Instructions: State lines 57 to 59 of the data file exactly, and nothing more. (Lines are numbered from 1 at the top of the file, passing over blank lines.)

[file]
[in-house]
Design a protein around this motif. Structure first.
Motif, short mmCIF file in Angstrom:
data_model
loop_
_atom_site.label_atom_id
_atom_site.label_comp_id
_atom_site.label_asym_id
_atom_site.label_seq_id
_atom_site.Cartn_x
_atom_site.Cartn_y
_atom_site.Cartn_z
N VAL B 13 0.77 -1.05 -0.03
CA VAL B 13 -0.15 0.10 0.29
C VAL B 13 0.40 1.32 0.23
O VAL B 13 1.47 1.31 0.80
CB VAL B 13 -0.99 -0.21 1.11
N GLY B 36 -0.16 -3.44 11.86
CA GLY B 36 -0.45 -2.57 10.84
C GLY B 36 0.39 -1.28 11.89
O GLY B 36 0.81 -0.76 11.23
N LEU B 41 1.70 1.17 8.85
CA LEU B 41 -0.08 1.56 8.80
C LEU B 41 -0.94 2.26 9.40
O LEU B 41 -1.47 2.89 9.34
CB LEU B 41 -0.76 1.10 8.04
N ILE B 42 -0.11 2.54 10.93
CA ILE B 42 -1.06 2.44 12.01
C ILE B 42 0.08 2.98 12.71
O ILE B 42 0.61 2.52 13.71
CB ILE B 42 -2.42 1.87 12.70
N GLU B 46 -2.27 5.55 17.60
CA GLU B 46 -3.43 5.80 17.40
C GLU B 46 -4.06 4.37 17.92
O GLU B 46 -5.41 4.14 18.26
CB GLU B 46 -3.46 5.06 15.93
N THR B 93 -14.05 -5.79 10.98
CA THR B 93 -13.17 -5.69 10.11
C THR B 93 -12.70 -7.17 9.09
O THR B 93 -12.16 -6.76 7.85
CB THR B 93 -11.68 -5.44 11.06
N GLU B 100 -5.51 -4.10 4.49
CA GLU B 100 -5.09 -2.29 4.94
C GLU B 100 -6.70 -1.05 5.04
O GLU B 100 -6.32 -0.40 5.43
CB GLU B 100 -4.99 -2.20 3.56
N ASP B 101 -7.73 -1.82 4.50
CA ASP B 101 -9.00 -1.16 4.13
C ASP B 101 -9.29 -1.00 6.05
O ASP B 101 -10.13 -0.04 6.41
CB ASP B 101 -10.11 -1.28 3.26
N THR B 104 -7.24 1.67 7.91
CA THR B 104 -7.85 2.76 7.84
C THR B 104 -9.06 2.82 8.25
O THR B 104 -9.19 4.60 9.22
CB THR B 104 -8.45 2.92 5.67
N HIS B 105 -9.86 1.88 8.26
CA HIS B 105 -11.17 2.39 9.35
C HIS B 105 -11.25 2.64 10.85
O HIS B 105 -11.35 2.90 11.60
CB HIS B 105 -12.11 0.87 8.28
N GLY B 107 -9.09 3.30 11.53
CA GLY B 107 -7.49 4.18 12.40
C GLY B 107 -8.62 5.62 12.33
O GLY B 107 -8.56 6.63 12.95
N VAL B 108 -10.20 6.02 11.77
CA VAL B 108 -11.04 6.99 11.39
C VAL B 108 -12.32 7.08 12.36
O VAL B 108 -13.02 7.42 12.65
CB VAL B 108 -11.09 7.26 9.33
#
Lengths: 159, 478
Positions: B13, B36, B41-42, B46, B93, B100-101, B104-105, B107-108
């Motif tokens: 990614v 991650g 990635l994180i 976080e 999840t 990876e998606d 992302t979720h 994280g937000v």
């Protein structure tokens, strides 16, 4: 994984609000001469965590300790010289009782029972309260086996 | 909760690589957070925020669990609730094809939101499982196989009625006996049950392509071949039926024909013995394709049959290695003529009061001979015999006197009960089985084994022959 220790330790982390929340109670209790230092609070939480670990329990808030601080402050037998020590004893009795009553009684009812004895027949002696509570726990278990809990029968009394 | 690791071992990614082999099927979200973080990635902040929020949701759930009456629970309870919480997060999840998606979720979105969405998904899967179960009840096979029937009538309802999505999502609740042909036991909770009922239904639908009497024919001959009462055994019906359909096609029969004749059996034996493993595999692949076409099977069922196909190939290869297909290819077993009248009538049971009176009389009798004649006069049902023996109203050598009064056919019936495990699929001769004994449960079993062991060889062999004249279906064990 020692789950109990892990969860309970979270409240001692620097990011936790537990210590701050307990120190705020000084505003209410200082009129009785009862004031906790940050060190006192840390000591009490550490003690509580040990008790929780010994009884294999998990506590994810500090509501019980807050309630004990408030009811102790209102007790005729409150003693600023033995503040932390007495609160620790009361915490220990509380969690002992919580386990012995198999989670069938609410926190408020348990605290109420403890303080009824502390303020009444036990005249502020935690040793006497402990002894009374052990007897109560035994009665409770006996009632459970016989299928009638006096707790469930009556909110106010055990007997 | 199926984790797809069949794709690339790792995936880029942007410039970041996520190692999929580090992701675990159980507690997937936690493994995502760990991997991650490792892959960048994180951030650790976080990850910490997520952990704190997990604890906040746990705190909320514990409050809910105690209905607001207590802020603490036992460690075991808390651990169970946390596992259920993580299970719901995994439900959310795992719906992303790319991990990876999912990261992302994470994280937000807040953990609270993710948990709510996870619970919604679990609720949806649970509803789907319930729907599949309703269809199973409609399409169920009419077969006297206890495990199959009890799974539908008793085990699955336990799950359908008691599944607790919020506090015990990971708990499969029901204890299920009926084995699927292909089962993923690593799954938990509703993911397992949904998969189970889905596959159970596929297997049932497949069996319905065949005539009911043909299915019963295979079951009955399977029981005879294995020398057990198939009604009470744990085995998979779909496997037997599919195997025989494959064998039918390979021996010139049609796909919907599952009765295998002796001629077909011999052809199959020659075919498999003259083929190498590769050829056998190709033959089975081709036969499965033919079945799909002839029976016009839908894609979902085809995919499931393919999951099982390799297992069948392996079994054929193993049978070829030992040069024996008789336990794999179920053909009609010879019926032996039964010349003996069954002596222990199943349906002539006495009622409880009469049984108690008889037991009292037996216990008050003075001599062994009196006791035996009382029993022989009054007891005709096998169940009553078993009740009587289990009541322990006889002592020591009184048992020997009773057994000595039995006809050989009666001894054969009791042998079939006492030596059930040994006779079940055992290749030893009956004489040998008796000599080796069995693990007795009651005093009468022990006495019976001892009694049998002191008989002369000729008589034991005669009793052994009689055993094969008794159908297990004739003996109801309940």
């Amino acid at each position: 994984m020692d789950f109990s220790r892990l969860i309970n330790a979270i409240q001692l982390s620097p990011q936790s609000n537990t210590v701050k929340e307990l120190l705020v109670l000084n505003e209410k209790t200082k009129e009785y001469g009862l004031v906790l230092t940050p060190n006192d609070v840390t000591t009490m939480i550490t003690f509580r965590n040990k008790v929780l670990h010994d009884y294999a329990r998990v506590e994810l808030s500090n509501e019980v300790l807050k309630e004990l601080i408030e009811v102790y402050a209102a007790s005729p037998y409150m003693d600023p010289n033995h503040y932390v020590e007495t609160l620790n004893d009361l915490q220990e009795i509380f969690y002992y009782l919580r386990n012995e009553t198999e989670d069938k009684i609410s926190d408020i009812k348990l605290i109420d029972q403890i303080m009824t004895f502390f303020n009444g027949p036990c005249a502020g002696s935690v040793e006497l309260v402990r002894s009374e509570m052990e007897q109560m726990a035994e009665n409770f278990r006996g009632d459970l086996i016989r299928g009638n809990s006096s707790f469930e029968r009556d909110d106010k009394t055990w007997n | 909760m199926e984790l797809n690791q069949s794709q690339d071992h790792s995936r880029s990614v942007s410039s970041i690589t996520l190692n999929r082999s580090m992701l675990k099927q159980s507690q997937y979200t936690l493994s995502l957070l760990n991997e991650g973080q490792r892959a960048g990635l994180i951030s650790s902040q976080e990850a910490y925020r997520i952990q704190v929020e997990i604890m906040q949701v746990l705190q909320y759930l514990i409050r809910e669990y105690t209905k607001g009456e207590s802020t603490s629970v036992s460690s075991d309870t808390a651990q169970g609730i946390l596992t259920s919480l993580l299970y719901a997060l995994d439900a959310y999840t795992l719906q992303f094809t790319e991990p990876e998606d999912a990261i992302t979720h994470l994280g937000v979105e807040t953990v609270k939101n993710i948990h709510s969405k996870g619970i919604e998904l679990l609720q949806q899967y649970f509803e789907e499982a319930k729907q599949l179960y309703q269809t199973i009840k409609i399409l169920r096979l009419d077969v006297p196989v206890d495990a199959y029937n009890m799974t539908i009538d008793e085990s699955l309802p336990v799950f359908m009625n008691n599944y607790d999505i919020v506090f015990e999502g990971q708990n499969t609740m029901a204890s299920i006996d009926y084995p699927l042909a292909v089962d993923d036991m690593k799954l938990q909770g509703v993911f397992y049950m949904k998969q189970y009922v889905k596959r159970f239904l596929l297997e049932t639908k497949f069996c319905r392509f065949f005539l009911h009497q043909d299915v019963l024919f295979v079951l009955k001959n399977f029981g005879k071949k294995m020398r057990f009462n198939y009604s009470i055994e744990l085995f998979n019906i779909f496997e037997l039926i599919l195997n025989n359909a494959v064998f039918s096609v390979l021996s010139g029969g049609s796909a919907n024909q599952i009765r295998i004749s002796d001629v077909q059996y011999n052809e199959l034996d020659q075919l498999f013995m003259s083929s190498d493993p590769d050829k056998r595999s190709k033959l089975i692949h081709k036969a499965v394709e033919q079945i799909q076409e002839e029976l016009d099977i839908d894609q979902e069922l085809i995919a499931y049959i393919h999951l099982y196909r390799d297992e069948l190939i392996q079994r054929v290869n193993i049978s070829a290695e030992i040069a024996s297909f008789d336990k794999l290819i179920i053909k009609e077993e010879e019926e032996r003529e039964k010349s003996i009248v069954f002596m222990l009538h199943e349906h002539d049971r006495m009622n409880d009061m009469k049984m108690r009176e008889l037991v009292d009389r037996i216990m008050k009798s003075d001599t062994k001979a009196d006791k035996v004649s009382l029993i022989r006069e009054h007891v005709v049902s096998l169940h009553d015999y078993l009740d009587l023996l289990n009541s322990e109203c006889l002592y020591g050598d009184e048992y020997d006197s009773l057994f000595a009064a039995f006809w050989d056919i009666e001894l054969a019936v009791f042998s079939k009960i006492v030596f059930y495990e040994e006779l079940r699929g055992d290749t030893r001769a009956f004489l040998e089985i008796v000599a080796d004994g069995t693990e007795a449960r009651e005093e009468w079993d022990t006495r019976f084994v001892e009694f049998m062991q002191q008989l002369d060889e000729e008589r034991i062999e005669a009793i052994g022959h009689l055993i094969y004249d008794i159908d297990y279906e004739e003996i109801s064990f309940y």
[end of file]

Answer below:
N HIS B 105 -9.86 1.88 8.26
CA HIS B 105 -11.17 2.39 9.35
C HIS B 105 -11.25 2.64 10.85